Canada Games Research Spotlight: Michele Donnelly

NOTE: This is the latest in a series of Q&A stories featuring Brock University faculty members who are integrating the Niagara 2022 Canada Summer Games into their research projects. For more information on Brock’s academic activities around the Games, visit

Michele Donnelly is an Assistant Professor of Sport Management in the Faculty of Applied Health Sciences. Her research interests include gender and sport, particularly gender equality and the Olympic Movement/Games and in sport governance; alternative sport, such as roller derby, skateboarding, snowboarding; and girls- and women-only activities, including women’s home improvement workshops, entrepreneur organizations, and sport and recreation groups.

Donnelly is one of 11 Brock researchers and scholars who received funding under the 2019-2020 round of the VPR Canada Games Grant program. Here, she discusses her research project titled “Gender equality at the Canada Games: A historical perspective.”

Please give a brief overview of your research project.

For my research project, “Gender equality at the Canada Games: A historical perspective,” I will answer two main research questions: What is the history of gender equality on the sport program at the Canada Games? And, how are decisions made about the sport program at the Canada Games? The sport program refers to all sports and events that are contested at any edition of the Canada Games. My focus on gender equality includes both a quantitative understanding of equality (the numbers of athletes and events) and a qualitative understanding of equality (the gendered differences governing athletes’ participation in events and sports. For example, the rules of play, the structure of competition, the physical spaces, what athletes wear to play and the equipment used).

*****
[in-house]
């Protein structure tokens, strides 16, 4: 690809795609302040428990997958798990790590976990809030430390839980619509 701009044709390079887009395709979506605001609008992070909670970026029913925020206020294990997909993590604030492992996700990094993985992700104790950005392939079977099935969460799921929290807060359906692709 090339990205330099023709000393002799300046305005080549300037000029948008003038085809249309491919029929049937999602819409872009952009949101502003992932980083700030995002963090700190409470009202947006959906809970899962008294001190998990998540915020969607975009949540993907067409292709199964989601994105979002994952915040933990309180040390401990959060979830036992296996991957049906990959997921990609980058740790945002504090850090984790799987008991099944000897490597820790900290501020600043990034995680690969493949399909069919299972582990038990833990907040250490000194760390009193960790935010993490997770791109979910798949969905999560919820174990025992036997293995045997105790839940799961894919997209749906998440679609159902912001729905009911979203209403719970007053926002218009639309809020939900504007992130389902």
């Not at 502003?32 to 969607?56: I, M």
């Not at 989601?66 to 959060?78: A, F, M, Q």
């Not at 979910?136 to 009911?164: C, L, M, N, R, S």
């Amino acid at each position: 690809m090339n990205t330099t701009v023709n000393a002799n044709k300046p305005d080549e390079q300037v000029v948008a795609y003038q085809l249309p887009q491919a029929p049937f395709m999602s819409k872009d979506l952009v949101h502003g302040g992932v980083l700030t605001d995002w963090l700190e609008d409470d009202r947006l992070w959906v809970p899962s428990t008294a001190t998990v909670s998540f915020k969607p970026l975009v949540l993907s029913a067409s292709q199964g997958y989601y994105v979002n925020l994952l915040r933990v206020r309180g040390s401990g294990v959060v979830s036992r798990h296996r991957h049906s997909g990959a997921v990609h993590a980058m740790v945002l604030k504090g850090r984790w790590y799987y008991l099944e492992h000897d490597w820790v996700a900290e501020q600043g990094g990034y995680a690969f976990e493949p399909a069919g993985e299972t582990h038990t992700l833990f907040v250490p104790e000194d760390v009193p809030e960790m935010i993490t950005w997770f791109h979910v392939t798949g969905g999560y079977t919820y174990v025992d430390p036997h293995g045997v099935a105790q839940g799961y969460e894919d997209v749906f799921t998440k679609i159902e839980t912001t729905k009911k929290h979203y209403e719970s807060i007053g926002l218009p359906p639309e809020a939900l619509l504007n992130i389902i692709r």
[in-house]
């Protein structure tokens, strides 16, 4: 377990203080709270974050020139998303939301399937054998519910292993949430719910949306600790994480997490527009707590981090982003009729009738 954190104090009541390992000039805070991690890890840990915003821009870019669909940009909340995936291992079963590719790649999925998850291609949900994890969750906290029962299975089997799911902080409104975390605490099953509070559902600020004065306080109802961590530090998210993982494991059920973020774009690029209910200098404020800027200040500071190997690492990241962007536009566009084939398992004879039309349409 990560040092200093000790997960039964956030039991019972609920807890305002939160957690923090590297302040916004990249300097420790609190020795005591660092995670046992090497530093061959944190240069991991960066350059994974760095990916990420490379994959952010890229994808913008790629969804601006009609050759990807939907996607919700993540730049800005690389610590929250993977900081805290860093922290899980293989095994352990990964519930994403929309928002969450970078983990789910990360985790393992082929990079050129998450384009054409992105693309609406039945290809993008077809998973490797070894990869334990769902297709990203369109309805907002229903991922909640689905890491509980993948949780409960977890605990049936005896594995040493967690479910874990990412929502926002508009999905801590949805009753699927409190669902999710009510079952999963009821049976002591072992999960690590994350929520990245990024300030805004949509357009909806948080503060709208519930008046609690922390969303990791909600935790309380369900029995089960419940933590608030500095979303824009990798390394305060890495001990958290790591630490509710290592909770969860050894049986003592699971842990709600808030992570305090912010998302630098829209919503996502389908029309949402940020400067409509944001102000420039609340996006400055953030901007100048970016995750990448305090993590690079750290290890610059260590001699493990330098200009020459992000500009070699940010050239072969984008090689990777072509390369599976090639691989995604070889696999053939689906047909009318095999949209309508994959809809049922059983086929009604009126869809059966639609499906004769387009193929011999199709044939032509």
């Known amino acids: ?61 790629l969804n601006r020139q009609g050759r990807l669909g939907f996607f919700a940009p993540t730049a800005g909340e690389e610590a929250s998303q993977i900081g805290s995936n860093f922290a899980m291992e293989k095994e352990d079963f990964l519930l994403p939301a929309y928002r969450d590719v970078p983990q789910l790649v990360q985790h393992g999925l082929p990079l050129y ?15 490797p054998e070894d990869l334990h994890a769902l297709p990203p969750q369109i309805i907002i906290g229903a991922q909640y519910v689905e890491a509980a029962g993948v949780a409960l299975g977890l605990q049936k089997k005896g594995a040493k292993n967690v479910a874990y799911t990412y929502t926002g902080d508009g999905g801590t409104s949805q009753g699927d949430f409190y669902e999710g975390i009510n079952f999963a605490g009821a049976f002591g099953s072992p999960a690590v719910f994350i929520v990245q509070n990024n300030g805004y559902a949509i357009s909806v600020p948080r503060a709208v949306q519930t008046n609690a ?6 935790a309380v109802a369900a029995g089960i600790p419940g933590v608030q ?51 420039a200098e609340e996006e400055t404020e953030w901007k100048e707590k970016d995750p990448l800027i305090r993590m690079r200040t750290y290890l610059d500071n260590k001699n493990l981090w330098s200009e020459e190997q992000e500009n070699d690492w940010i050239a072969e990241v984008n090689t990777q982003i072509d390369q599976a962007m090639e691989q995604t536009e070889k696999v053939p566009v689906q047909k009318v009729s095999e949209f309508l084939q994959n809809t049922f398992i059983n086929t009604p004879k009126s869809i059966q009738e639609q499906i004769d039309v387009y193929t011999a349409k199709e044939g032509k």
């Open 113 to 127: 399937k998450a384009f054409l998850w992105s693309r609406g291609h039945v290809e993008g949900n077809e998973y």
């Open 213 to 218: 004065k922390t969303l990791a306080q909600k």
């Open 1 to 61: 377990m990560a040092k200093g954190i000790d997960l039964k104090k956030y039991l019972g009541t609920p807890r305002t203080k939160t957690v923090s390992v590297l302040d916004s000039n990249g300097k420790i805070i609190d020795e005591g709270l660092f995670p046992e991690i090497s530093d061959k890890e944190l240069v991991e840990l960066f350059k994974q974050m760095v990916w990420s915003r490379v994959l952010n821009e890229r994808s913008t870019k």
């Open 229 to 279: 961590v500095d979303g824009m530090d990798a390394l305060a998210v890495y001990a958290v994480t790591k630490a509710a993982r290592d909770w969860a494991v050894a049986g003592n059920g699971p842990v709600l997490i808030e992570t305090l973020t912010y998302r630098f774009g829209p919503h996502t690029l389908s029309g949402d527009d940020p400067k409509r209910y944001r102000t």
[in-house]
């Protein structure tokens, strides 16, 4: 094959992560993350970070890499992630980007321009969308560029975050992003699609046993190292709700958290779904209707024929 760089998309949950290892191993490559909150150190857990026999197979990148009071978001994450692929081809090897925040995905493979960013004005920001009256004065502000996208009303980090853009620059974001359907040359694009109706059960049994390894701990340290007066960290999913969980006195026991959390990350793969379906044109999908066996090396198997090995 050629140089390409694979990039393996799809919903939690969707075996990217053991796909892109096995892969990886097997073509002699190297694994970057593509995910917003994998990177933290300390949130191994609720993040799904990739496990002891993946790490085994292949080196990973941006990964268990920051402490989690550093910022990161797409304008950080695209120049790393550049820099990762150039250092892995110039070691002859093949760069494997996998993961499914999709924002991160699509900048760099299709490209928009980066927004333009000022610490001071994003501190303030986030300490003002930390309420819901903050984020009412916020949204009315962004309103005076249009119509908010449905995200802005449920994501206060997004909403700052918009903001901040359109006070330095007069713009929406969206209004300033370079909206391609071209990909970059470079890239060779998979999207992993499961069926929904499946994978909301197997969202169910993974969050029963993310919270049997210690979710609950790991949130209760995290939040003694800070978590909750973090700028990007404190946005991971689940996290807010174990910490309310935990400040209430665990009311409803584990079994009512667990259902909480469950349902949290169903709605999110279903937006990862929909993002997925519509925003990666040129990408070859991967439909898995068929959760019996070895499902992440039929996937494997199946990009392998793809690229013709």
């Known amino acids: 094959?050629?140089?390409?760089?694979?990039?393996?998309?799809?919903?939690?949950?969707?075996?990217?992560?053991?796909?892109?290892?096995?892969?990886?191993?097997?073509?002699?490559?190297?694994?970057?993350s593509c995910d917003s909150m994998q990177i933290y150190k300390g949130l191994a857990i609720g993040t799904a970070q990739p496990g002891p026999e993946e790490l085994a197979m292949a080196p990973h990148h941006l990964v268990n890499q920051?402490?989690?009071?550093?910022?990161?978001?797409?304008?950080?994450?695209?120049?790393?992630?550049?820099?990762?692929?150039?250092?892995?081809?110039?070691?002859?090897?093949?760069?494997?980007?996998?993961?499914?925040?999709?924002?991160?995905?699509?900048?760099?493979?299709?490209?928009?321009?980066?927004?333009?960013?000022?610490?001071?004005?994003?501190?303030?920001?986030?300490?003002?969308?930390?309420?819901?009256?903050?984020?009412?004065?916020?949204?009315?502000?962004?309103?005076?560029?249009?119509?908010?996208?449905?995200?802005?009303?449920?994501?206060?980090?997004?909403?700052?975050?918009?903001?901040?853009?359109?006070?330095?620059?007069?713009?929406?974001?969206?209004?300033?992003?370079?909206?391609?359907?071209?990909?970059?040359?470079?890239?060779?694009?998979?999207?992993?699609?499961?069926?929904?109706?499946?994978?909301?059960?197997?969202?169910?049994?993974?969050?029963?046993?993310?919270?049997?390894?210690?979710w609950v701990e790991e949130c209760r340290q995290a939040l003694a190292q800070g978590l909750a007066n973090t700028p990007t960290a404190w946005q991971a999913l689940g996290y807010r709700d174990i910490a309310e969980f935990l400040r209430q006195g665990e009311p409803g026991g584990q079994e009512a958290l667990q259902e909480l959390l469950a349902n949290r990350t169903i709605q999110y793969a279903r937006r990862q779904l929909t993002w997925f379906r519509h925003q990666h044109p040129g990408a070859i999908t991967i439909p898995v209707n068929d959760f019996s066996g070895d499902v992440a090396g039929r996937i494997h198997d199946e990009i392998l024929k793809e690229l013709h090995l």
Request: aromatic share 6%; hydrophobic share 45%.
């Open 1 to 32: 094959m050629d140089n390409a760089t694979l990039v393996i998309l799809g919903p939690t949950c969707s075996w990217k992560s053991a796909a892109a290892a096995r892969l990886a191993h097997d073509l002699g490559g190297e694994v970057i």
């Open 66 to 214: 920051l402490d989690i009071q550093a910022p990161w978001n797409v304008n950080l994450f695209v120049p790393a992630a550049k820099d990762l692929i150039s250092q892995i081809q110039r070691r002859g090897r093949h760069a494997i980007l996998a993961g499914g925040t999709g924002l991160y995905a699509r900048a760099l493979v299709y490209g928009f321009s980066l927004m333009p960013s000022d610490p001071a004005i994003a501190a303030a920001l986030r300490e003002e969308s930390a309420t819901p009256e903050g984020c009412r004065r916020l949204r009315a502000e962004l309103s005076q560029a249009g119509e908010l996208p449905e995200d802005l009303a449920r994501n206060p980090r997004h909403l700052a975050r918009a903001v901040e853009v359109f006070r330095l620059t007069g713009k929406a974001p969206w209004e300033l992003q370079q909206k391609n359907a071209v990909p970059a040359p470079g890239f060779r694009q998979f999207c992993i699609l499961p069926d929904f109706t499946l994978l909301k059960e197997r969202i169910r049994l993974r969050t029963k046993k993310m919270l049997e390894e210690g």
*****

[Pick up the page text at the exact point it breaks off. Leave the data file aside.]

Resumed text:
What do you expect will be the outcome of your research? 

Based on gender equality audits I have conducted about the Olympic Games, I anticipate that the 2022 Canada Games sport program will be closer to gender equal than ever before, however, it will not yet have achieved gender equality in terms of the number of men and women athletes, the number of events for men and women, and the conditions of participation. For example, at the 2016 Summer Olympic Games in Rio, of the 306 events, 13.4 per cent were gender exclusive (33 for men only and eight for women only), 33.7 per cent of the events were equal for men and women, and 52.9 per cent of the events had gender differences in terms of the maximum number of competitors permitted and/or the rules and structure of competition. When there are differences between events, there are always more men than women, and men race over longer distances, use higher, heavier or longer equipment and larger playing fields. Notably, these differences are the result of decisions made by people, most importantly, members of host committees and international sport federations. This project will extend the gender equality audits by exploring the decision-making processes used to add or remove sports and events from the Games.

How will this contribute to knowledge or understanding of the Canada Summer Games?